Developing a patient’s society (National Members Organisation) and a bleeding disorder registry are very important steps towards ensuring adequate treatment for PLWH in resource-limited settings, as is the case in developed countries. The World Federation of Haemophilia has been instrumental in promoting these in several countries. These patient associations collaborate with the WFH as associate members. They participate actively in sensitizing and mobilising their respective communities towards haemophilia care. The Haemophilia Association of Cameroon was created in 2003 with a handful of members. Today, they count about 216 members. In Mali, their association was created in 2012 and counts about 218 members. As part of a four-year training program supported by the Novo Nordisk Hemophilia Foundation, the Malian association contributes significantly in awareness activities, the organization of training sessions involving patients, their families, medias workers, opinion leaders, health authorities and health care providers including both modern and traditional practitioners, through all regions of Mali (Prof. Yacouba Diallo, personal communication). Furthermore, special training sessions for Laboratories technicians and biologists have been included in their activities.

Table 1 is a summary of strategies that may impact positively on haemophilia care in these settings. Government commitment should be sought, to enhance their allocation of budgets for hemophilia care. Strategies for promoting the use of safe plasma products through quality management systems and Good Manufacturing Procedures; it will avoid wastages and provide for needs. In Egypt, despite introducing hemophilia care since the late sixties, and despite heavy support from their government, they still face challenges with procurement of CFCs to be able to align with universal prophylaxis and home therapy (Mbanya et al, 2021). A good supply chain management is necessary for improved care.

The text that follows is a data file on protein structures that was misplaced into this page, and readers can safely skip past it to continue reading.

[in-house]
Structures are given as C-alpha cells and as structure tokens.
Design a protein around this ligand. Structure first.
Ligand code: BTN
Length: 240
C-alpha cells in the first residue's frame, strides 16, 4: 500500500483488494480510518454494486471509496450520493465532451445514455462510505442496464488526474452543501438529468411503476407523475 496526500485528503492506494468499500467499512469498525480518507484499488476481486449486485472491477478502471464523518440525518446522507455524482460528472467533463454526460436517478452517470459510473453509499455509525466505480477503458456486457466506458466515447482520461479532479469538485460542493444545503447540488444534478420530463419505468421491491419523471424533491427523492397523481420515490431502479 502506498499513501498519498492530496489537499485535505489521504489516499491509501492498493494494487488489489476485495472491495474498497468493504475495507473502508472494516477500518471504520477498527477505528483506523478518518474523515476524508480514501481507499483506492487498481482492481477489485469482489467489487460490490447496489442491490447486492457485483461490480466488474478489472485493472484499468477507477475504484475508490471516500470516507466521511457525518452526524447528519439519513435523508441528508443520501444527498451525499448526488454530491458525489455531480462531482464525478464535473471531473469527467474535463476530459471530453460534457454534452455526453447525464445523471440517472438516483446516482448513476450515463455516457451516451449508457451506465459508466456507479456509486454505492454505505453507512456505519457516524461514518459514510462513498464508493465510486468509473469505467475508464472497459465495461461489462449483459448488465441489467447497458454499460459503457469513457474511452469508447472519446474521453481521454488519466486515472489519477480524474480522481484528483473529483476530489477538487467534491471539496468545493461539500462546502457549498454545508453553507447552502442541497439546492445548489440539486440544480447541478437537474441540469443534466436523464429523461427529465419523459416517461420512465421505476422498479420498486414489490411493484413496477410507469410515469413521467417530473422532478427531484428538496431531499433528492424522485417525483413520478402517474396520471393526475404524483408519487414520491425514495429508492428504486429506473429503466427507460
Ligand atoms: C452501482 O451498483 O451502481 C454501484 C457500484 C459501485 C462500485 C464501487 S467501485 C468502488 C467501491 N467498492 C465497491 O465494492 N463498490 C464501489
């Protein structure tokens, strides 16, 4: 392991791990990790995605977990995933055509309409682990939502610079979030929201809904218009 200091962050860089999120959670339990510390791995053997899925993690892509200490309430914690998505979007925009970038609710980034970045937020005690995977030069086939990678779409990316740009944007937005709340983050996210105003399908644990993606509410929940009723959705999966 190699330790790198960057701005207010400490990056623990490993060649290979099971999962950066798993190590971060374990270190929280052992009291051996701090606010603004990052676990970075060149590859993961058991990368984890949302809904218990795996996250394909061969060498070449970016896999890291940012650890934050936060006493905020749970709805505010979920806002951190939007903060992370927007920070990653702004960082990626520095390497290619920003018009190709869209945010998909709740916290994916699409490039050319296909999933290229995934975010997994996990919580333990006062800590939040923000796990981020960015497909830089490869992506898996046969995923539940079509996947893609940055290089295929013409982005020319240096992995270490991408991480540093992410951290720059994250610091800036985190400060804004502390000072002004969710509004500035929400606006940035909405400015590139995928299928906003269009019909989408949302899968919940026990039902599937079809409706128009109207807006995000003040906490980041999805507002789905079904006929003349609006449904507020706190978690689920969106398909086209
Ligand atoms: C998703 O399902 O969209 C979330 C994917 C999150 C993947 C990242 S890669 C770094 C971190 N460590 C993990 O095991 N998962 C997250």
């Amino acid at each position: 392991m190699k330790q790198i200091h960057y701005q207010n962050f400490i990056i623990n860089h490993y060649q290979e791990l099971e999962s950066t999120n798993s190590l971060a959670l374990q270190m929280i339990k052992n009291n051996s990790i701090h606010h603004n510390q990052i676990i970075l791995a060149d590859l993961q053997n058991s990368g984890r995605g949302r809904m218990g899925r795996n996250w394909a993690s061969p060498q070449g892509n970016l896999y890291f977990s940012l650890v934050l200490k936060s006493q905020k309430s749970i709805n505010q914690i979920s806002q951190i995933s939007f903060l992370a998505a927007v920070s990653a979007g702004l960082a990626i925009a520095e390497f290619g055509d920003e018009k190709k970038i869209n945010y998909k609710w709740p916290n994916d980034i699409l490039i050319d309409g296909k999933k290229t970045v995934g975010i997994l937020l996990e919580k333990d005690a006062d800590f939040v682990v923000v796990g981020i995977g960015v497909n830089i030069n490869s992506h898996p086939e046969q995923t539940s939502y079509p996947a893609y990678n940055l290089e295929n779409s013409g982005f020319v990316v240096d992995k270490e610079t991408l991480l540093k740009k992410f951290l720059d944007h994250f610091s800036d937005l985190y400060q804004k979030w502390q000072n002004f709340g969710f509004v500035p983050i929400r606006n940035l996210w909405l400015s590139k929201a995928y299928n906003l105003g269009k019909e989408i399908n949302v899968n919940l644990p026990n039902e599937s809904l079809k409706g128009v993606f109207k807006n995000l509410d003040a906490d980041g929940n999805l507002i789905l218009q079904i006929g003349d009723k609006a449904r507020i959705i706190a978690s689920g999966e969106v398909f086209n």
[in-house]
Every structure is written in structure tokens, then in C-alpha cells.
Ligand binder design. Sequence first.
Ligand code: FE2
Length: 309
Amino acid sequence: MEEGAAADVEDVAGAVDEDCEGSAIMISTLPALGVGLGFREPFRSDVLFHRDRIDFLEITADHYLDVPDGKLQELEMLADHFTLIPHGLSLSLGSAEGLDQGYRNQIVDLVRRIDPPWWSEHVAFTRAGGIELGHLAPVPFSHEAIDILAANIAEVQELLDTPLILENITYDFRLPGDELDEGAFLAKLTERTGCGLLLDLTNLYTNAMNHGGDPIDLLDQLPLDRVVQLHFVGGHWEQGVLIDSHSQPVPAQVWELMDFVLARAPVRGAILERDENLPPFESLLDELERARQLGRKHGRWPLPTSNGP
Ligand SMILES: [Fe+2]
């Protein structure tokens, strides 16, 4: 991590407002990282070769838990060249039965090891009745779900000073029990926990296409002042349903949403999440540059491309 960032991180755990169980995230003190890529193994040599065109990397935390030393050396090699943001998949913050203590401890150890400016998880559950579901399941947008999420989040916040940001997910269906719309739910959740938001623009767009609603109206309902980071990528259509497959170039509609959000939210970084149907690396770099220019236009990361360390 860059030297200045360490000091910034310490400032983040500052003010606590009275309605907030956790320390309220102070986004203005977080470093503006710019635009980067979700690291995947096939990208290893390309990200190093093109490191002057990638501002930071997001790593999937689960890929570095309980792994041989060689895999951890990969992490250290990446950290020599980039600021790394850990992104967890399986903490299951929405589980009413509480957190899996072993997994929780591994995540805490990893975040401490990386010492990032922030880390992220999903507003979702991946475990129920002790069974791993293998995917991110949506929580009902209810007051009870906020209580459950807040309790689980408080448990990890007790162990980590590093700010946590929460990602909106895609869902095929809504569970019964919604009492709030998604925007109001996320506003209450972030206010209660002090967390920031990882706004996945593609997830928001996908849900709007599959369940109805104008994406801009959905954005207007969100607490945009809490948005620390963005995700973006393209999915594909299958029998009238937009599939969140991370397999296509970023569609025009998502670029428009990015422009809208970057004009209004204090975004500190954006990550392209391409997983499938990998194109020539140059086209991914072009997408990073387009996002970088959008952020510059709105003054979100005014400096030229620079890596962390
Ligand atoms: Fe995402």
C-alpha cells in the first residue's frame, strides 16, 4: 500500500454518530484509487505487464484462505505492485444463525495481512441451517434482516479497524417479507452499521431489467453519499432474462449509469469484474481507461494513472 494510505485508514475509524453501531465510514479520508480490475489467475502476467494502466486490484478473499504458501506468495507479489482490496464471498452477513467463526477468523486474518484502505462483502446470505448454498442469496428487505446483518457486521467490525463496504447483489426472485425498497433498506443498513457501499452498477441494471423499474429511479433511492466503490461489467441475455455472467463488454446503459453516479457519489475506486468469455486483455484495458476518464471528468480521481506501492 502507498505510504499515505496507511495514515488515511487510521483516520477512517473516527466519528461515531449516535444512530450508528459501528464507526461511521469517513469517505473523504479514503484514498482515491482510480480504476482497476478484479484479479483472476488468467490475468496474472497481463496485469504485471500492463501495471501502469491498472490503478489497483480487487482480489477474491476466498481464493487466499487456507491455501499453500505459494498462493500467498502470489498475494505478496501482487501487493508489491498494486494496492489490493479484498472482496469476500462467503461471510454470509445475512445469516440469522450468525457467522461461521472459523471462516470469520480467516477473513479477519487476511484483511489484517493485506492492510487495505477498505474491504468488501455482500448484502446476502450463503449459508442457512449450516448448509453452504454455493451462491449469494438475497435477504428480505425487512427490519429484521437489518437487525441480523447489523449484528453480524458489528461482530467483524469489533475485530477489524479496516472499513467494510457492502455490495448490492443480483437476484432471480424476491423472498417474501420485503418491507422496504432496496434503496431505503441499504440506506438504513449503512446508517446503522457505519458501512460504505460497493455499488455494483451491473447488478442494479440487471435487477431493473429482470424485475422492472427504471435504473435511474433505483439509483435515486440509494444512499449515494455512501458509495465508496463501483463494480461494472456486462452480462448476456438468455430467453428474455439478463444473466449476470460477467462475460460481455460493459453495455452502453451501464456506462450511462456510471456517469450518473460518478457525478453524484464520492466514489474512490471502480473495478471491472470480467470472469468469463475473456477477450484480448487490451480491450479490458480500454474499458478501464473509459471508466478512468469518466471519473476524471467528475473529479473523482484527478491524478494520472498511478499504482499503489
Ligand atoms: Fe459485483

Table 1 Strategies for Improving Haemophilia Care in RLS

Establishing a good supply chain management for accelerating the use of plasma-derived medicinal products (PDMPs) in resource-limited settings could increase access to CFCs. Indeed, it has been reported that 20 of 45 countries of the WHO-AFRO Region (43.5%) had included PDMPs on their national lists of Essential Medicines. These, if accessible, would be safer for use in these settings, than plasma and cryoprecipitate.